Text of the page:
Rad Women Worldwide is an inspiring primer on global women throughout history, reaching as far back as Hatshepsut and extending through today. Activists, explorers, artists, scientists, athletes, rulers, and many others who have made an impact on history are represented here alongside dramatic cut-paper portraits. These are women whose names we should know and whose stories are presented in a dynamic, approachable way. Give this to your best friend, your niece, your brother, your grandmother, that weird uncle, and keep a copy on your own bedside table for assurance that real change is possible, excellence is everywhere, and persistence is powerful.
Cora, a young slave determined to flee brutal plantation life, discovers an actual system of tracks and engines and boxcars deep underground, whose stations are managed by the few-and-far-between people willing to risk their lives to transport even one black person a little farther north. Cora reflects sagely on the condition of slavery even as she runs from savage slave catchers and braces herself for unending horrors. Whitehead's novel is more vivid and political than many depicting the pre-Civil War South, and feels modern in its pacing and its lucid examination of the history of black oppression in this country. A gripping and moving read from one of our most skillful writers.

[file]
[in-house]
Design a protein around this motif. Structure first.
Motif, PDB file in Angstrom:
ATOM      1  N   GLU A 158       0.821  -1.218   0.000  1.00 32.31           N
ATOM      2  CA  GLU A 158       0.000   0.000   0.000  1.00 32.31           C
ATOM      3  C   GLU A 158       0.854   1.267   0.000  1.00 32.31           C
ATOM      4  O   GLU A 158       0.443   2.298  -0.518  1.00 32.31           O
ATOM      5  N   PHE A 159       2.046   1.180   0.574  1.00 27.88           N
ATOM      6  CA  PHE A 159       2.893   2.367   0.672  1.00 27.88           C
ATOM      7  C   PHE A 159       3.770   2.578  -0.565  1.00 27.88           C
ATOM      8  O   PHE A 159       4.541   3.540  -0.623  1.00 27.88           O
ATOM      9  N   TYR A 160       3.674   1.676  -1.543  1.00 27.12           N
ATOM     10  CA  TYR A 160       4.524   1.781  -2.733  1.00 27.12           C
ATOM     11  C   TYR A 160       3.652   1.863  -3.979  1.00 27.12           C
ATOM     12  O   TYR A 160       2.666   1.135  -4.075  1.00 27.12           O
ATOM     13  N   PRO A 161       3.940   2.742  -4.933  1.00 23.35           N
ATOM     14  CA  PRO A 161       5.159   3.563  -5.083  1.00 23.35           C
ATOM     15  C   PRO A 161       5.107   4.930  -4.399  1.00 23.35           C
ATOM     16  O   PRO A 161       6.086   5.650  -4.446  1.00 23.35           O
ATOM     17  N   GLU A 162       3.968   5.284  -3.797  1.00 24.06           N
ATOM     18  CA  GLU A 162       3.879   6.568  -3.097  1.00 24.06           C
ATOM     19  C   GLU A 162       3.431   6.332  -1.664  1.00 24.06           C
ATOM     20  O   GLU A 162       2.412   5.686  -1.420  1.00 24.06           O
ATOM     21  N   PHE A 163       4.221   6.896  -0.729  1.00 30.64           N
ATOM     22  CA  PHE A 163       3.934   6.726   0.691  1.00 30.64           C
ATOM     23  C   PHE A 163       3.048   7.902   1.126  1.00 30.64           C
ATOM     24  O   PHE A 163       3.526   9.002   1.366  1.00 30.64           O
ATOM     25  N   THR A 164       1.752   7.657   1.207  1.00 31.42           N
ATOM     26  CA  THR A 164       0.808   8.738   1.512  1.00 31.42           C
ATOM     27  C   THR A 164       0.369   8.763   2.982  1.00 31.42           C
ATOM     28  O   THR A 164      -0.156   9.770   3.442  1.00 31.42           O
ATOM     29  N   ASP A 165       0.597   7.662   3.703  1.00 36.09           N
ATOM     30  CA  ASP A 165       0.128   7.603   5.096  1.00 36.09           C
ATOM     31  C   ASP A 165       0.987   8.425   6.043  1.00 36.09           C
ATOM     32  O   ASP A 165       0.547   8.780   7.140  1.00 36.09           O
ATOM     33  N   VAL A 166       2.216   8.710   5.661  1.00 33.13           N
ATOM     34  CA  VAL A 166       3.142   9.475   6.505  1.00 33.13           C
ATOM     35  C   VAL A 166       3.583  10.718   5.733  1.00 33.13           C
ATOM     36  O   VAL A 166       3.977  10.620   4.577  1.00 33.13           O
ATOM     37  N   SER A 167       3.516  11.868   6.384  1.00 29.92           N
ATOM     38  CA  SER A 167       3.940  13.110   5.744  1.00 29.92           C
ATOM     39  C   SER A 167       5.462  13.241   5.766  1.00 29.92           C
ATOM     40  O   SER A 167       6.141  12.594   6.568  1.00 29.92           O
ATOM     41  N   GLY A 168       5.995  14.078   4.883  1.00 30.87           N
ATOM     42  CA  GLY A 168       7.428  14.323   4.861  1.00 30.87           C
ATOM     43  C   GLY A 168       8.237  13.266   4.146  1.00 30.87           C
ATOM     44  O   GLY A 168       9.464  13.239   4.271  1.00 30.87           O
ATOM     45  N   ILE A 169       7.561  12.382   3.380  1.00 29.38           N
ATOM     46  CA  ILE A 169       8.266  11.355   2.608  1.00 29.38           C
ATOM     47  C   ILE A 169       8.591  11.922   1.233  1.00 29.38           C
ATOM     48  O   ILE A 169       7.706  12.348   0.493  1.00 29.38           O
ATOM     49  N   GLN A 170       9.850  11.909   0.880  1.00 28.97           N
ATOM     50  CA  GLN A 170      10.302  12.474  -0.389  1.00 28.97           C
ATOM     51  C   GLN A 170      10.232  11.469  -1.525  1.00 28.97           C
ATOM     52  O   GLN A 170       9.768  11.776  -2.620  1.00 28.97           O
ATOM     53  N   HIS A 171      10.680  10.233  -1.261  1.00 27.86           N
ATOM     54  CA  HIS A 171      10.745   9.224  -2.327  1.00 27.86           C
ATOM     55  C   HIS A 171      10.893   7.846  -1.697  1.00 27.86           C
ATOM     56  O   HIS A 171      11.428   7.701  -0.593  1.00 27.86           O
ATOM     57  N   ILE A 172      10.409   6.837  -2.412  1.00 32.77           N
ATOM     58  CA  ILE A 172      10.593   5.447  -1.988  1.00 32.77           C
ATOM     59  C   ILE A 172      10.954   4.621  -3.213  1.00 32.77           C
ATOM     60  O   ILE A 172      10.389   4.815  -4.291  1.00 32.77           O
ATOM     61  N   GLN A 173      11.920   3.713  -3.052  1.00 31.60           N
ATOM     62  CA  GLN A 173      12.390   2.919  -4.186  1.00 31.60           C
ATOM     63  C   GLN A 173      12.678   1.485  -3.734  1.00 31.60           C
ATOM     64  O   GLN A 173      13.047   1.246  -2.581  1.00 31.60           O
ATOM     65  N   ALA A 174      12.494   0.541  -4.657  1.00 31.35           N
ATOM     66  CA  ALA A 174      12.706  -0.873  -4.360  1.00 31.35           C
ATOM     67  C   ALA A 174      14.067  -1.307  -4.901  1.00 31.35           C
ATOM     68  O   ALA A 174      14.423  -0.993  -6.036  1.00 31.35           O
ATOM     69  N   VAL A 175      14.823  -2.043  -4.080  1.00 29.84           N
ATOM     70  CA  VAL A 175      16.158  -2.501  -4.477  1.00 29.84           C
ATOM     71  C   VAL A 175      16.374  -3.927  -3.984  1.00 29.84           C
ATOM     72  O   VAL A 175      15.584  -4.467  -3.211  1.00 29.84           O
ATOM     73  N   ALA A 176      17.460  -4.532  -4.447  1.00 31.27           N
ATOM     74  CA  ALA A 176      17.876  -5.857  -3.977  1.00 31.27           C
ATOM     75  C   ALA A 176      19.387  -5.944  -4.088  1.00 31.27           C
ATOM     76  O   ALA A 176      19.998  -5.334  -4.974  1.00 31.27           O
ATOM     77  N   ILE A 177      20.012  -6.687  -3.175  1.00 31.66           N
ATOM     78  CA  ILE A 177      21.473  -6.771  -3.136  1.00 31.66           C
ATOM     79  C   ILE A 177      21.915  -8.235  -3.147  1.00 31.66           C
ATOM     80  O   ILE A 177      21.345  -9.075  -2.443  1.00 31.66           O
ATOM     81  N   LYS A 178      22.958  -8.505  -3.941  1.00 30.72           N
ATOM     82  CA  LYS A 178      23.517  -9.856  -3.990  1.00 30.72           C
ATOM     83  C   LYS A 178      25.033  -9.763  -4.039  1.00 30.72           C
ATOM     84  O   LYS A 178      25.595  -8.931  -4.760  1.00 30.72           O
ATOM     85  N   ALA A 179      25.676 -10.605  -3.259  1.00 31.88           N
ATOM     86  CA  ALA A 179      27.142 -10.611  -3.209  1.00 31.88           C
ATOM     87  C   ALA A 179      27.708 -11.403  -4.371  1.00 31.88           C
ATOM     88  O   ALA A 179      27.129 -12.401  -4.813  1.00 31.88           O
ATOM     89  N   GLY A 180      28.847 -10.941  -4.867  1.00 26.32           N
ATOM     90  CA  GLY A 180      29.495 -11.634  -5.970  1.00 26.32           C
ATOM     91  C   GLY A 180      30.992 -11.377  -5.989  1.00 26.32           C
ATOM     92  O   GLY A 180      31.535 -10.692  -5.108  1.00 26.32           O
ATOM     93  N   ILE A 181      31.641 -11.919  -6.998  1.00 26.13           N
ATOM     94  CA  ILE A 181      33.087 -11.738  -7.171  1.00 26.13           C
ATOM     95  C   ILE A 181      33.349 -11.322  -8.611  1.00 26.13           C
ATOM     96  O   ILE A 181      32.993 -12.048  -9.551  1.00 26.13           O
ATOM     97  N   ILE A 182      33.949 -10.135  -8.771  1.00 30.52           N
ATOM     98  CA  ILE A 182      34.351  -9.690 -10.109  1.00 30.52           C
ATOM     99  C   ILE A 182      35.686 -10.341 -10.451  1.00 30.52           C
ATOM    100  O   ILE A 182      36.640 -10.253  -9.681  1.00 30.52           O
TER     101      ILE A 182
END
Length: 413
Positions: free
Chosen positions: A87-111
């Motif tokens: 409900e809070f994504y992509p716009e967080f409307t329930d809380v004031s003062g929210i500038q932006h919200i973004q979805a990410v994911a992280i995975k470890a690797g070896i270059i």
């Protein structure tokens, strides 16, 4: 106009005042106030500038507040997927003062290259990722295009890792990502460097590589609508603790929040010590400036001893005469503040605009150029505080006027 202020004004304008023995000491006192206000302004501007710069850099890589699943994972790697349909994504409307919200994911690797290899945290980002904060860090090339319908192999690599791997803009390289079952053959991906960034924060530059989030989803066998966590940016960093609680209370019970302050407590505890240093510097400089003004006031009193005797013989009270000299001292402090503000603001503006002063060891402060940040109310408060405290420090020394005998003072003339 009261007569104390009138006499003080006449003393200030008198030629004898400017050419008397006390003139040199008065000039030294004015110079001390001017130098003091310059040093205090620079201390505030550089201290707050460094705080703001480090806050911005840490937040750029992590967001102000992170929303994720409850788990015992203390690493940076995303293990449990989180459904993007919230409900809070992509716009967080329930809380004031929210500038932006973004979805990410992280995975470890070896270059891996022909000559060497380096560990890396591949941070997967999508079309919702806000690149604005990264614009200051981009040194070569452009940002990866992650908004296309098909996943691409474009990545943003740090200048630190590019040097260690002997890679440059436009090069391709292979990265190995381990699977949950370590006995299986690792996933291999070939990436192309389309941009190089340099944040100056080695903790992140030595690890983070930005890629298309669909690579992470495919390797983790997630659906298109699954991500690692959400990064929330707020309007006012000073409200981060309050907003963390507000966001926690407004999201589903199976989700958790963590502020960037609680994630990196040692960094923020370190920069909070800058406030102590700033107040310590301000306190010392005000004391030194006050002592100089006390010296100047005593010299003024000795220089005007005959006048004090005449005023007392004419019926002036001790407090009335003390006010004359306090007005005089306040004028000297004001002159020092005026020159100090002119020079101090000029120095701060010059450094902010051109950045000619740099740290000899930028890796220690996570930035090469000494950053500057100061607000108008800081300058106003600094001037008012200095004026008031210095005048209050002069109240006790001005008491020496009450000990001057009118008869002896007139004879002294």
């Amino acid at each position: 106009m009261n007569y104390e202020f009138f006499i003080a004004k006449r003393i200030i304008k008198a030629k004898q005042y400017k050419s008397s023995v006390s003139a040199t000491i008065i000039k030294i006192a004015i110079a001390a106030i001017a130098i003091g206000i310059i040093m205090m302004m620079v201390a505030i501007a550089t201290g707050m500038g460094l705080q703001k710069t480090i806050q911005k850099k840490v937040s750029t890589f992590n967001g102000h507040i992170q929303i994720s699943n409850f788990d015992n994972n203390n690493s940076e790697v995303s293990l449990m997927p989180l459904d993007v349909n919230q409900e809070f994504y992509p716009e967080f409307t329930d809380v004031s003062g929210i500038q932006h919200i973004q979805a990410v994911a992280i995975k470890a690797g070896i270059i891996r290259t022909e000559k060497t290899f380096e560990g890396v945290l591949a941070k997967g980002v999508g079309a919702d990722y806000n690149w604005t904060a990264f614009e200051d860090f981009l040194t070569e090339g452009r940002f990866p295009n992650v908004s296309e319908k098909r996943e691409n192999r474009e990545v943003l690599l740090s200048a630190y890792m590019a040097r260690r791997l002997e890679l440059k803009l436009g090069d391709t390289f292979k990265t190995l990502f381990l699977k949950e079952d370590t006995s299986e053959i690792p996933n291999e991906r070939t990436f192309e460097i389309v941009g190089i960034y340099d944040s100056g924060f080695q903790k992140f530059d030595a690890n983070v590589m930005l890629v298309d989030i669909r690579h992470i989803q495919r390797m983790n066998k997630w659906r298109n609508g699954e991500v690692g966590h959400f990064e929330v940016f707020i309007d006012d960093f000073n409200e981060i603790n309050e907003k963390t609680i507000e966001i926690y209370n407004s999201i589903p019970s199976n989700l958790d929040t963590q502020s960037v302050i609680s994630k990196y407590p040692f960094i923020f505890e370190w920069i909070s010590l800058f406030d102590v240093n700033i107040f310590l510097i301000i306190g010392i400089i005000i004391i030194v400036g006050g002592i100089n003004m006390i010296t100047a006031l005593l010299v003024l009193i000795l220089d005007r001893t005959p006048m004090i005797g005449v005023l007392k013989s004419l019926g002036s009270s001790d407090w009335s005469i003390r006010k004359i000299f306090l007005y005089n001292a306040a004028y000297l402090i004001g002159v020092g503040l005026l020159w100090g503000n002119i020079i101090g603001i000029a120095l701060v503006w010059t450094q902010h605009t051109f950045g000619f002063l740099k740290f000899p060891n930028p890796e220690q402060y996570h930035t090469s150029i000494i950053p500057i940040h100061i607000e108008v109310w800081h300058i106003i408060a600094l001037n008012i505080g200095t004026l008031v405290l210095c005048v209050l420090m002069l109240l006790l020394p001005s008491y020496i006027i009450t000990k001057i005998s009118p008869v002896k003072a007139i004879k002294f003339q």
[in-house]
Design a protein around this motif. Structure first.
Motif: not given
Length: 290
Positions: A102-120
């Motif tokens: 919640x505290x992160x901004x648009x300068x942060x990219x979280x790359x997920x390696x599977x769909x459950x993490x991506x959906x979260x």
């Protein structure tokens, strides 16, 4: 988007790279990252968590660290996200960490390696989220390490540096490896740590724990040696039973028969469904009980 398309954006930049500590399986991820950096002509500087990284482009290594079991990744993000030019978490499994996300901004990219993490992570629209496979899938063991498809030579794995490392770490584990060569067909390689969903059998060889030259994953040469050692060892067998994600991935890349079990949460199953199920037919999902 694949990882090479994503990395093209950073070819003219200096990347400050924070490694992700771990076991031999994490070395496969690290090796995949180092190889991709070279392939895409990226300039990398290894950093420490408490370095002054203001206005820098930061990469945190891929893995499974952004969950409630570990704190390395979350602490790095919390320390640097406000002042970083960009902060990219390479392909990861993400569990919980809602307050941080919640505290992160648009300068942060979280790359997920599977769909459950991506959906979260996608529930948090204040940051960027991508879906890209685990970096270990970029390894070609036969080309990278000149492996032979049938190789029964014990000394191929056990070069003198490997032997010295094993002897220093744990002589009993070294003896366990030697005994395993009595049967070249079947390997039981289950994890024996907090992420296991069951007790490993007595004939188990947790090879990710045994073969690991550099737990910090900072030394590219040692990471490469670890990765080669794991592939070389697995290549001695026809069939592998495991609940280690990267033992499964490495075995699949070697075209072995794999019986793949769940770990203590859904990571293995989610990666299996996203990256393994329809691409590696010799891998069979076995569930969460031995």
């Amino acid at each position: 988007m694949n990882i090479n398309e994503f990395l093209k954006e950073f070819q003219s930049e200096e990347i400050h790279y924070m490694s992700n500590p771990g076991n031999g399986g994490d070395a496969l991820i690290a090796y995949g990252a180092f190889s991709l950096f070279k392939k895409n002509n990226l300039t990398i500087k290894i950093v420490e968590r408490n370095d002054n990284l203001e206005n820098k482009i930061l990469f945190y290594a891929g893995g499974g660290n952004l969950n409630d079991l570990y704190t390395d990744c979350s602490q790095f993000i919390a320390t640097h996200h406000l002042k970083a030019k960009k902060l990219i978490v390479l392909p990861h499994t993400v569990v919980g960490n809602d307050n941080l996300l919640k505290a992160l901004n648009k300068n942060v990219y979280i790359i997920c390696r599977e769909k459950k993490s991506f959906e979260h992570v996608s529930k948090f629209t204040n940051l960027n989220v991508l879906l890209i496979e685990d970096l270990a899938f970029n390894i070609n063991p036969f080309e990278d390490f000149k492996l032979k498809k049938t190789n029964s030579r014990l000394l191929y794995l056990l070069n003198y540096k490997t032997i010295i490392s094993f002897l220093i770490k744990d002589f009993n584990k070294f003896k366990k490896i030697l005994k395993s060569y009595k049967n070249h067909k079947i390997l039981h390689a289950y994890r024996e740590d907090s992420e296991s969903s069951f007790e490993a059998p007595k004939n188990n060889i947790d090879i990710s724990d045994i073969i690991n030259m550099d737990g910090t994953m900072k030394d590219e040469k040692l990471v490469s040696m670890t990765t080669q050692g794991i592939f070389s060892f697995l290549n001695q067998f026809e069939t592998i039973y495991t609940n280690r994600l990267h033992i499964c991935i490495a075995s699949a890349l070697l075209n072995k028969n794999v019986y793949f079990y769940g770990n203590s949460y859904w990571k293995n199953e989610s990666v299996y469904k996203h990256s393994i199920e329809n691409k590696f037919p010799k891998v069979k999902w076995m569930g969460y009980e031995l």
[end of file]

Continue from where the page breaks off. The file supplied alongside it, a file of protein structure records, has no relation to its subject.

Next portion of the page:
A practical guide to manners in the modern age, Table Manners is complete with charming illustrations of things like where to put the utensils on a table and frank advice about staying classy at social events—whether host or guest. Advice ranges from the everyday to the upscale, covering such things as whether it's permissible to pick up the phone (yes, if you're expecting an important call and have notified your host in advance), how to convey to guests that you're ready for bed, and even to how to deal with finger bowls. The "why" behind the rules is refreshingly explained here, and the reader is encouraged to be playful and forgiving in their own etiquette journey.